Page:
Sleeping Parathyroid Tumor: Rapid Hyperfunction after Removal of the Dominant Tumor

Diabetes, Endocrine and Obesity Branch, National Institute of Diabetes and Digestive and Kidney Diseases, National Institutes of Health, Bethesda, Maryland 20892, USA.
The Journal of Clinical Endocrinology and Metabolism (Impact Factor: 6.21). 04/2012; 97(6):1834-41. DOI: 10.1210/jc.2011-3030
Source: PubMed


Due to frequent multiplicity of tumors in multiple endocrine neoplasia type 1, it may be difficult to decide when to stop a parathyroid exploration. A fall of intraoperative serum PTH by a certain percentage during parathyroid surgery is often used as one criterion for ending the operation.
We report two patients with primary hyperparathyroidism due to multiple endocrine neoplasia type 1 who had their first parathyroidectomy at the National Institutes of Health. In both cases, two and a half glands were removed, an extensive search was done for an occult parathyroid tumor, and intraoperative PTH decreased markedly to the lower limits of normal, suggesting a successful operation. Despite this, both patients became hypercalcemic within 3 d after the operation and showed persistent primary hyperparathyroidism. Detailed findings suggest the following course: chronic hypercalcemia had caused near total suppression of PTH secretion by an undiscovered parathyroid tumor (sleeping parathyroid tumor). When the hypercalcemia decreased after surgery due to the removal of the dominant parathyroid tumor(s), the abnormal yet previously suppressed tumor rapidly began to oversecrete PTH and thus caused postoperative hypercalcemia.
Even a fall of the intraoperative PTH to the lower limits of the normal range cannot guarantee that removal of all parathyroid tumors has been complete in cases with multiple tumors. These findings likely reflect strikingly differing PTH secretory functions among distinct tumors in the same patient, with hypercalcemia at least from a dominant tumor suppressing PTH secretion by one or more other parathyroid tumors.

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    • "Surgical failures [9] in IOPTH can be due to excessive pre-excision manipulation, leading to a falsely elevated initial reading, false post-excision drop in levels, or rarely, due to a dominant tumor suppressing other tumors in the multiple endocrine neoplasia (MEN) syndrome. [10] "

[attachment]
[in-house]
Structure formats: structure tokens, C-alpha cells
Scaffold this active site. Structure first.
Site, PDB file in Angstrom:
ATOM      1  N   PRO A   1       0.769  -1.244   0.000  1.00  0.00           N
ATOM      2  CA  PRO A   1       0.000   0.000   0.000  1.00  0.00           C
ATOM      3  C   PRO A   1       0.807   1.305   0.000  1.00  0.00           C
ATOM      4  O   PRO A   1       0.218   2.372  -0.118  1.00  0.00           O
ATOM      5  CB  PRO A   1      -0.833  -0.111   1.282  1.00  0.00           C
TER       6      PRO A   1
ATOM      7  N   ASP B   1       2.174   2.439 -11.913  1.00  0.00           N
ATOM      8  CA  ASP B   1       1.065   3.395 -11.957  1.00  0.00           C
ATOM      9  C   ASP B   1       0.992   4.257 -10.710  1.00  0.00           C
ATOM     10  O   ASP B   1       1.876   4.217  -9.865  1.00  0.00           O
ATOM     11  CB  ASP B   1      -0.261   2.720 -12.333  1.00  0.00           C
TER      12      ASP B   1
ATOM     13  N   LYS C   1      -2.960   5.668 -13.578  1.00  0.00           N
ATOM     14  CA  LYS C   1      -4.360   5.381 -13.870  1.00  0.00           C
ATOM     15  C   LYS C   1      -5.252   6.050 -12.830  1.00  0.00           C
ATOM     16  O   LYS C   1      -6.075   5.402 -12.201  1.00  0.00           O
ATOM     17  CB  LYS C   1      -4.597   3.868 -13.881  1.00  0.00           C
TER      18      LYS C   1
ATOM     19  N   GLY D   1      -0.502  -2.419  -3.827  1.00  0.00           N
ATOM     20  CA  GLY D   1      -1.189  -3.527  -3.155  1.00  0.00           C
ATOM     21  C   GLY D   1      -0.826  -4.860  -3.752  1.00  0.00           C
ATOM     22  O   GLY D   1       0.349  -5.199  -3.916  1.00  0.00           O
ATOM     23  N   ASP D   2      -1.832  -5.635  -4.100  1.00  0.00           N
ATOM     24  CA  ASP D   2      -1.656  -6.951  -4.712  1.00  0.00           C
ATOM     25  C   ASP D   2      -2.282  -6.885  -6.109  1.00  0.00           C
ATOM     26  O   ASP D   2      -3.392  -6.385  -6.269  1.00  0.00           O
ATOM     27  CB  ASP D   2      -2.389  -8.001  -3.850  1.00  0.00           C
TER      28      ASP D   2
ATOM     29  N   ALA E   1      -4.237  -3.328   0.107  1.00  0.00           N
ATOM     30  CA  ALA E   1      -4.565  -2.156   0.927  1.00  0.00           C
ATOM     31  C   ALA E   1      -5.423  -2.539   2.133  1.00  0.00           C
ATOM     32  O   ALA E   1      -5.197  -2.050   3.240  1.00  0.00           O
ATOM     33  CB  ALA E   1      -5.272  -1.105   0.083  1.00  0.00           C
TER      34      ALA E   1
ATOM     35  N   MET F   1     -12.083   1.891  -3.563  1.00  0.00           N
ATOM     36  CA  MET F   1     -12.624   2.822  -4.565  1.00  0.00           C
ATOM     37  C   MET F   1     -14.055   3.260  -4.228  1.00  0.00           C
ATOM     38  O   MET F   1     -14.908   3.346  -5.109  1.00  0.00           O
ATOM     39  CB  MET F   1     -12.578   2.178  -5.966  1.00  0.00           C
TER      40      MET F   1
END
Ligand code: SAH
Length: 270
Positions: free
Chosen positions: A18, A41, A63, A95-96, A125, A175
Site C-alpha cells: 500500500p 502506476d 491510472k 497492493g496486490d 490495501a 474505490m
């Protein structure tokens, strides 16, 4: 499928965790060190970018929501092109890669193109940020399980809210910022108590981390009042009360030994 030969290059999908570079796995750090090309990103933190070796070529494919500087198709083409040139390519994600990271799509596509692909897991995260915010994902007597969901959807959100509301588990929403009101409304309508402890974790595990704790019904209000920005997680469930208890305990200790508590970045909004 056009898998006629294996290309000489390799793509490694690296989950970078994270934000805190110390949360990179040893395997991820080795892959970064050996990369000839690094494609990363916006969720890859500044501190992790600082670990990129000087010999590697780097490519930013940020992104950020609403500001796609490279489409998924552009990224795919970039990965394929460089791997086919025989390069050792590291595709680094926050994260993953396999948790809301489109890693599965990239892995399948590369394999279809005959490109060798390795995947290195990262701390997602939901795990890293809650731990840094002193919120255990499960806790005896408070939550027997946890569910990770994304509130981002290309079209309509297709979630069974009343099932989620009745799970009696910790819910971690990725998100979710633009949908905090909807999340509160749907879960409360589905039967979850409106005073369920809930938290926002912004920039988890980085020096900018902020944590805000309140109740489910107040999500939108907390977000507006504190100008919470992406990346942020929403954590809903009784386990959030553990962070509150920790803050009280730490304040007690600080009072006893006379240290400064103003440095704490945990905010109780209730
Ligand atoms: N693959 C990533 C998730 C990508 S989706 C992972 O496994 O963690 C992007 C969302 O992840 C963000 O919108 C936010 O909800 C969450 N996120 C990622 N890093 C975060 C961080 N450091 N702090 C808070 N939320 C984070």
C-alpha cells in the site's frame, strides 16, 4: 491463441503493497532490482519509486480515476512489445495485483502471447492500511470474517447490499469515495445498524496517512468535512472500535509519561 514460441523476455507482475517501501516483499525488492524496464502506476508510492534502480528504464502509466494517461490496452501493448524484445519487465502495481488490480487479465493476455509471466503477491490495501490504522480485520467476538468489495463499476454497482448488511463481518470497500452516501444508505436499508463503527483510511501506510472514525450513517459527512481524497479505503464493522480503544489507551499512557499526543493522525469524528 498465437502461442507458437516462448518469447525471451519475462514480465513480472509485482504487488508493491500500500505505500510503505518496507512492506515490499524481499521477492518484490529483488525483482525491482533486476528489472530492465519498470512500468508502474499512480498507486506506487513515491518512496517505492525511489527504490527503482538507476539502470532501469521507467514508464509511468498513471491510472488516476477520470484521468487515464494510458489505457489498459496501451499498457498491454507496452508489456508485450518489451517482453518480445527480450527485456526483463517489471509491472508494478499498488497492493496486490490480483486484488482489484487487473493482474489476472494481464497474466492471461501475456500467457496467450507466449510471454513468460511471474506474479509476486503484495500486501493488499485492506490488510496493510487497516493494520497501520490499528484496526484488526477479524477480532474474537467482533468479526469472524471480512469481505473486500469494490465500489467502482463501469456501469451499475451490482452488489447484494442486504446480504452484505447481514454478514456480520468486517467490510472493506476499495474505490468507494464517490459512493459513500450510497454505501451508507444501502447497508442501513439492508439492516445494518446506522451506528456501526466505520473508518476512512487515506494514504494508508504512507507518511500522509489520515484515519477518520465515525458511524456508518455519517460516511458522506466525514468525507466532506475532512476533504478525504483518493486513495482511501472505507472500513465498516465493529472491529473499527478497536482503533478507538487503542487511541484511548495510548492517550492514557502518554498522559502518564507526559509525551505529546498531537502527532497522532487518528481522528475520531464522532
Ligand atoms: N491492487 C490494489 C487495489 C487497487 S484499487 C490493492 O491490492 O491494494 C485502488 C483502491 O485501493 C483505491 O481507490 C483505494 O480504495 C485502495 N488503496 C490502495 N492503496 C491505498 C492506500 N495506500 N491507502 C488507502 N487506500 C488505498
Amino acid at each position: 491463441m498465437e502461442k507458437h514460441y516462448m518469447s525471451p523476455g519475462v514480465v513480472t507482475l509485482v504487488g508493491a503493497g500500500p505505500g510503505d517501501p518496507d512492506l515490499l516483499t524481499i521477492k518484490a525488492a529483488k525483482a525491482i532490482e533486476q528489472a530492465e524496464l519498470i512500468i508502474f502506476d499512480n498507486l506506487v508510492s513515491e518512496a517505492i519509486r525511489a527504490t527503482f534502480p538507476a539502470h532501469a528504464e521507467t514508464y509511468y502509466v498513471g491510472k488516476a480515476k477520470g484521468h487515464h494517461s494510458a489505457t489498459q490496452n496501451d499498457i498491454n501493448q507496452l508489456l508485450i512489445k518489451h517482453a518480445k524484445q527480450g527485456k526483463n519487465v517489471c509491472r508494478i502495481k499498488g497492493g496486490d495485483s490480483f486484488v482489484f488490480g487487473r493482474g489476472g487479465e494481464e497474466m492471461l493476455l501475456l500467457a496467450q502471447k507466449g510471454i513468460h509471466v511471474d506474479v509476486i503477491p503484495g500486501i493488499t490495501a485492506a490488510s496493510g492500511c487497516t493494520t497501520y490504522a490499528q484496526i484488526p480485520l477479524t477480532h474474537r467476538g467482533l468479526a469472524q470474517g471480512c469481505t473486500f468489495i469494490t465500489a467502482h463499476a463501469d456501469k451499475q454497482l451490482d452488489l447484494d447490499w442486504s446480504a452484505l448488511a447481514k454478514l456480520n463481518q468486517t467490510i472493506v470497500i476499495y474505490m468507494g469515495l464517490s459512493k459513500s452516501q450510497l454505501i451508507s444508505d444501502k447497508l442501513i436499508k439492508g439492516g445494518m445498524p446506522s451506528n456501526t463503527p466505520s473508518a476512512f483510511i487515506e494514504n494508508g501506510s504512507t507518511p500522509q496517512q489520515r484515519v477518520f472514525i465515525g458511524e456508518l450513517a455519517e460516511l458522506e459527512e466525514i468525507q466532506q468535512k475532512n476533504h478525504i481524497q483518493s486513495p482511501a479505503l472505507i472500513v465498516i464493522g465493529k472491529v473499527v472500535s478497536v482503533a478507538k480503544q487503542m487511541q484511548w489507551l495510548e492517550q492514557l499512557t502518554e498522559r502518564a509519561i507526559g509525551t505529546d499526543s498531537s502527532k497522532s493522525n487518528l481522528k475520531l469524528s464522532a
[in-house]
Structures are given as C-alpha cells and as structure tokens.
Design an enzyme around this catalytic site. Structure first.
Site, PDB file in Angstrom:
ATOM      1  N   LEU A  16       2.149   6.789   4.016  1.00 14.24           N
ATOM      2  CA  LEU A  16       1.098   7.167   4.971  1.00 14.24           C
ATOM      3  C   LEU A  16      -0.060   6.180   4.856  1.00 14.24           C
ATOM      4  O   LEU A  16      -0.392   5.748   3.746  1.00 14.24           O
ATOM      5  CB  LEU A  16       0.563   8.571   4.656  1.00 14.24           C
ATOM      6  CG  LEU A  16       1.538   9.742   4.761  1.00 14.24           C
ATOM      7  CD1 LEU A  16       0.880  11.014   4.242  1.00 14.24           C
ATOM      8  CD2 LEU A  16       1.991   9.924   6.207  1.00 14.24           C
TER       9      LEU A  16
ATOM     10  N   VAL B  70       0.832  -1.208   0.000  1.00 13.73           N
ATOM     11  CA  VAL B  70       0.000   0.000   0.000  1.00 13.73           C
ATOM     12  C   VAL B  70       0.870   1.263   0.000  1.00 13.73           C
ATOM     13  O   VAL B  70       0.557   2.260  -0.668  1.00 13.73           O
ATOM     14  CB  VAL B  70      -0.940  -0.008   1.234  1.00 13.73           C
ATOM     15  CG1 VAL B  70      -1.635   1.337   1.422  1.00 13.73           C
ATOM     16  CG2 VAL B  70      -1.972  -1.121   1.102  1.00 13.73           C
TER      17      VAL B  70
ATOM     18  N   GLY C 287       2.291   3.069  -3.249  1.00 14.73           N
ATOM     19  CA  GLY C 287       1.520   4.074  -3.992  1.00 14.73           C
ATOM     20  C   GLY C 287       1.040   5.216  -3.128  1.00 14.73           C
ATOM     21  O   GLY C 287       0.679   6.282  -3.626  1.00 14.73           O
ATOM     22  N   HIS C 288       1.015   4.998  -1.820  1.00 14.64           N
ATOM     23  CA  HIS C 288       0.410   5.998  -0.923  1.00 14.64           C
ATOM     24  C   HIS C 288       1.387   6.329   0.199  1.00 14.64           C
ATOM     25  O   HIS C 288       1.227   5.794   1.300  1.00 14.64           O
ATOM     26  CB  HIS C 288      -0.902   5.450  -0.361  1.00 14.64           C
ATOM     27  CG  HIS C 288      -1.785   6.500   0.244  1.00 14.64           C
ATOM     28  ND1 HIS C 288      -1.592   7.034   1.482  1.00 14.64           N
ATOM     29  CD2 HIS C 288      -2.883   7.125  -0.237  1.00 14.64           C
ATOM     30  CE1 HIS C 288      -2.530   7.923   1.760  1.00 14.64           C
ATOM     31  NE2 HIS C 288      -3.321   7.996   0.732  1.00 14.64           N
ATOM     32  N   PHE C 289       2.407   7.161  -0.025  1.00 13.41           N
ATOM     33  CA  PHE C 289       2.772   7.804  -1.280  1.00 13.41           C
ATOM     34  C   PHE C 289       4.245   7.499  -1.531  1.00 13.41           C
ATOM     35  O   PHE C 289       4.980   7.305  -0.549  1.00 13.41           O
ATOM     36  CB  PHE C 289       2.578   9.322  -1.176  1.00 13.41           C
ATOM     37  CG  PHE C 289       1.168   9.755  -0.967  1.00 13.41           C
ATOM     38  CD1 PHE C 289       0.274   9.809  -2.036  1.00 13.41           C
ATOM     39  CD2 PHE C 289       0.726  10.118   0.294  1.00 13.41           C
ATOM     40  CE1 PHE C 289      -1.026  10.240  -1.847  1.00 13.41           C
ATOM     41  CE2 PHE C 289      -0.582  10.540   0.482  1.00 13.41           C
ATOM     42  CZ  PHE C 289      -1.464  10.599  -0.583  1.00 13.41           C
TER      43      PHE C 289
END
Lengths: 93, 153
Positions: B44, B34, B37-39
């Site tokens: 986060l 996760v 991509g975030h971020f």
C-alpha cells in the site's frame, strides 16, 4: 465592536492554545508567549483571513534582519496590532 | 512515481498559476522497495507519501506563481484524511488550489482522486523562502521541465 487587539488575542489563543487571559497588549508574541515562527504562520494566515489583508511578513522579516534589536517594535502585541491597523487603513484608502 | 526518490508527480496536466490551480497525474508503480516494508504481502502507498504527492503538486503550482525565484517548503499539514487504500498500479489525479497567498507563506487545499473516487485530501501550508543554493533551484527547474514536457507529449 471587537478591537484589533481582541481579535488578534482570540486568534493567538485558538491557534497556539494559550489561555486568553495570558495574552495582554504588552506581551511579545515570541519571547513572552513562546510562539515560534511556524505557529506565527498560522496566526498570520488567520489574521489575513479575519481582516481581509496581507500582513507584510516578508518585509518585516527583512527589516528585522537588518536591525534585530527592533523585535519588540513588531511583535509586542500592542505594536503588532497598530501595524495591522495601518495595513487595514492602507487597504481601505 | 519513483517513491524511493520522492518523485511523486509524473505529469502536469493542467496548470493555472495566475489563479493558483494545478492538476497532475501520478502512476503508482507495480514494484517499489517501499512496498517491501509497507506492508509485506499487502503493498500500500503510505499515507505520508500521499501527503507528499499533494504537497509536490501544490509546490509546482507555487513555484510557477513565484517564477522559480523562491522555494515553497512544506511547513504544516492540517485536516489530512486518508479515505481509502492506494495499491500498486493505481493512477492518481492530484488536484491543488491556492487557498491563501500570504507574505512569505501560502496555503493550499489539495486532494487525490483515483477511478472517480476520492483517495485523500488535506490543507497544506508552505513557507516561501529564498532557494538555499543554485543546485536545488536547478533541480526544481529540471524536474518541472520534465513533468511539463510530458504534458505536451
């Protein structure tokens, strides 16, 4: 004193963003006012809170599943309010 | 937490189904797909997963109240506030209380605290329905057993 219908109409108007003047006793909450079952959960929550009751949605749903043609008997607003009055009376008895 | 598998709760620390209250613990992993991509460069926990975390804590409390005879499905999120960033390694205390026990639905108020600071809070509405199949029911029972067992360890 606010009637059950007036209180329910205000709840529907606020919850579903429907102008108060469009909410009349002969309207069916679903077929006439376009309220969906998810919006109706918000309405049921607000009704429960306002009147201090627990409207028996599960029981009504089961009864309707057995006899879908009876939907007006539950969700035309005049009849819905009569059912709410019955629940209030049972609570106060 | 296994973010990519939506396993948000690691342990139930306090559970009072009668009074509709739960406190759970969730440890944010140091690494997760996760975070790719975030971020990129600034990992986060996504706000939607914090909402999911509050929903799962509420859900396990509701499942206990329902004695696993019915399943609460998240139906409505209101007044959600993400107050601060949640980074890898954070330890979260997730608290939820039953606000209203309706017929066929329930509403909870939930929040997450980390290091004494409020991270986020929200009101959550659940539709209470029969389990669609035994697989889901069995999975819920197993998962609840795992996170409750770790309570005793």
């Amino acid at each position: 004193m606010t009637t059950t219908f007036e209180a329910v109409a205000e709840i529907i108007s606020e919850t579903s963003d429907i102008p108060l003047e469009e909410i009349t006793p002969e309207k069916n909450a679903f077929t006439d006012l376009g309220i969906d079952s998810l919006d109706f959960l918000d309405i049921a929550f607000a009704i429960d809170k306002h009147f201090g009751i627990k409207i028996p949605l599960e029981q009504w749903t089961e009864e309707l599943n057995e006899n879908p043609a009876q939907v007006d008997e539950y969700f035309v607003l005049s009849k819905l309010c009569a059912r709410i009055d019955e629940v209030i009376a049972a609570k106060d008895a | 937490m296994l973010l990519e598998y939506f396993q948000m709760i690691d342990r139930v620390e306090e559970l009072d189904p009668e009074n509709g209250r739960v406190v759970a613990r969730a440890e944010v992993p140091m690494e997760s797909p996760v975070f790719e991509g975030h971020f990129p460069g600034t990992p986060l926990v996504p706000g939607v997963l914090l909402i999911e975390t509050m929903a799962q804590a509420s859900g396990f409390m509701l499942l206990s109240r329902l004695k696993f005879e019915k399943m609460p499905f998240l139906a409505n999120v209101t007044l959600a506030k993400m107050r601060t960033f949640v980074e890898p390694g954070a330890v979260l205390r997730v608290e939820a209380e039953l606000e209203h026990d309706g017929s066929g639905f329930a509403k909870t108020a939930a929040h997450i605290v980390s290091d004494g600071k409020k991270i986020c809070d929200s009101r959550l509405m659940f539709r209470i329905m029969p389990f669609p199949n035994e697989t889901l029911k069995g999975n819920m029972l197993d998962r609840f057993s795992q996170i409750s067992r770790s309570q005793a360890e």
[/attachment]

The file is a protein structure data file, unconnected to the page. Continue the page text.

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    ABSTRACT: Hyperparathyroidism is treated by surgical excision of the hyperfunctioning parathyroid gland. In case of adenoma the single abnormal gland is removed, while in hyperplasias, a subtotal excision, that is, three-and-a-half of the four glands are removed. This therapeutic decision is made intraoperatively through frozen section evaluation and is sometimes problematic, due to a histological overlap between hyperplasia and the adenoma. The intraoperative parathyroid hormone (IOPTH) assay, propogated in recent years, offers an elegant solution, with a high success rate, due to its ability to identify the removal of all hyperfunctioning parathyroid tissue. To study the feasibility of using IOPTH in our setting. Seven patients undergoing surgery for primary hyperparathyroidism had their IOPTH levels evaluated, along with the routine frozen and paraffin sections. All seven patients showed more than a 50% intraoperative fall in serum PTH after excision of the abnormal gland. This was indicative of an adenoma and was confirmed by histopathological examination and normalization of serum calcium postoperatively. The intraoperative parathyroid hormone is a sensitive and specific guide to a complete removal of the abnormal parathyroid tissue. It can be incorporated without difficulty as an intraoperative guide and is superior to frozen section diagnosis in parathyroid surgery.
    03/2014; 18(2):210-2. DOI:10.4103/2230-8210.129113
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    ABSTRACT: Context: Multiplicity of hormone-secreting tumors occurs in a substantial portion of hormone-excess states. Multiplicity increases the difficulty of management and drives the selection of special strategies. Evidence acquisition: This is a synthesis from publications about tumor development and expression, and also about types of clinical strategy for hormone-secreting tumors. Evidence synthesis: Comparisons were made between patient groups with solitary tumors vs those with multiple tumors. Major themes with clinical relevance emerged. Usually, tumor multiplicity develops from a genetic susceptibility in all cells of a tissue. This applies to hormone-secreting tumors that begin as either polyclonal (such as in the parathyroids of familial hypocalciuric hypercalcemia) or monoclonal tumors (such as in the parathyroids of multiple endocrine neoplasia type 1 [MEN1]). High penetrance of a hereditary tumor frequently results in bilaterality and in several other types of multiplicity. Managements are better for the hormone excess than for the associated cancers. Management strategies can be categorized broadly as ablation that is total, subtotal, or zero. Examples are discussed for each category, and 1 example of each category is named here: 1) total ablation of the entire tissue with effort to replace ablated functions (for example, in C-cell neoplasia of multiple endocrine neoplasia type 2); 2) subtotal ablation with increased likelihood of persistent disease or recurrent disease (for example, in the parathyroid tumors of MEN1); or 3) no ablation of tissue with or without the use of pharmacotherapy (for example, with blockers for secretion of stomach acid in gastrinomas of MEN1). Conclusions: Tumor multiplicity usually arises from defects in all cells of the precursor tissue. Even the optimized managements involve compromises. Still, an understanding of pathophysiology and of therapeutic options should guide optimized management.
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